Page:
Sandblasted jeans still causing distress

Wednesday, 10 July 2013
After the technique of sandblasting for denims was banned in 2004 following the discovery of a link to lung disease in workers using the technique to make jeans look worn and ‘distressed’, a new report has found evidence that the method is still used by at least five factories in southern China making jeans for major international brands.

The report “Breathless for blue jeans. Health hazards in China’s denim factories”, commissioned by the labour rights groups Students and Scholars Against Corporate Misbehaviour (SACOM), the Clean Clothes Campaign, War on Want and the IHLO, the Hong Kong liaison office of the international trade union movement, was released yesterday. It is based on about 170 interviews with Chinese garment workers from six clothing plants in Guangzhou, southern China, the country’s third largest city and hub of denim manufacturers.

Sandblasting is still around

The workers confirmed that they performed the technique of sandblasting on jeans, some produced for major western clothing brands. They had to manually blast the jeans with air guns loaded with abrasive sand (see images) with little or no protective equipment, often working up to 15-hour- shifts and earning between 2000 and 7000 yen (330 and 1140 dollars) a month for sandblasting between 500 and 600 pairs of jeans.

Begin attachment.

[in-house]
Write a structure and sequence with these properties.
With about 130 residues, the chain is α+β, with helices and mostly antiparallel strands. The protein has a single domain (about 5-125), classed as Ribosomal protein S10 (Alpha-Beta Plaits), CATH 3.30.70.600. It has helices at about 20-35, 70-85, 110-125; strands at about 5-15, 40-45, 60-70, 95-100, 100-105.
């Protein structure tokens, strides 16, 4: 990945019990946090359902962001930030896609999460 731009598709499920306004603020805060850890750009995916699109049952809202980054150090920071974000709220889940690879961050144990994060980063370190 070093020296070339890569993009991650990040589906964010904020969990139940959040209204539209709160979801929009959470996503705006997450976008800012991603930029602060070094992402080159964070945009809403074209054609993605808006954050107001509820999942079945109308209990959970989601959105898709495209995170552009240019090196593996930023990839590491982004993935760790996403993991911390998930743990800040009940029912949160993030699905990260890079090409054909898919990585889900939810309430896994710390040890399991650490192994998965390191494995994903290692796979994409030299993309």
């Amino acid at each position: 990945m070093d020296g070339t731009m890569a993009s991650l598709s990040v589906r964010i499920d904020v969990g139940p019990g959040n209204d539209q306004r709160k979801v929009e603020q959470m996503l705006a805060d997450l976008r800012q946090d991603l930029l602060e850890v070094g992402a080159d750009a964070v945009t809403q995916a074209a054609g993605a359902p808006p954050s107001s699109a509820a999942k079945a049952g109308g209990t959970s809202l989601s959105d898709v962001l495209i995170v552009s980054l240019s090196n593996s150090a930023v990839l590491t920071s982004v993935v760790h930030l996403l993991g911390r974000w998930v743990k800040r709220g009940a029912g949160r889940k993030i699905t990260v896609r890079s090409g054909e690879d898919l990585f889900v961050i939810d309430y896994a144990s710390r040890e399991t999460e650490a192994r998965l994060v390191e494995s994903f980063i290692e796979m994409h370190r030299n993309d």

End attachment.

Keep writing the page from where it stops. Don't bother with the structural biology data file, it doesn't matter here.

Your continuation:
In 2004, a Turkish doctor had found the link between sandblasting and silicosis, an incurable lung disease caused by inhaling tiny bits of silica, a mineral found in sand and, as one can imagine, amply flying around while sandblasting. As a result, brands like Armani, Levi Strauss, Benetton, Mango, Burberry and even Turkey as a major garment producing country had banned the technique. In 2010, the ‘Killer Jeans’ campaign persuaded 40 other major denim brands to ban sandblasting as well.

Activists are calling for a global ban

However, activists believed that instead of disappearing fully, the technique of sandblasting simply moved to other countries with laxer rules like Bangladesh, Pakistan, China and parts of North Africa. The current report and an earlier one - “Deadly Denim – sandblasting in the Bangladesh garment industry”, commissioned by the Clean Clothes Campaign in 2012, have confirmed that suspicion.

As voluntary bans have proven to be ineffective almost a decade after the danger of the technique of sandblasting was discovered, the report and the organisations involved call for a “mandatory global ban on sandblasting in the garment industry, coupled with full training on all other finishing techniques” (e.g. alternatives like using sandpaper and sanding the jeans by hand or ‘surface activation’, which involves washing the jeans before they are dyed).

Images: Workers sandblasting pairs of jeans / Breathless for blue jeans / SACOM

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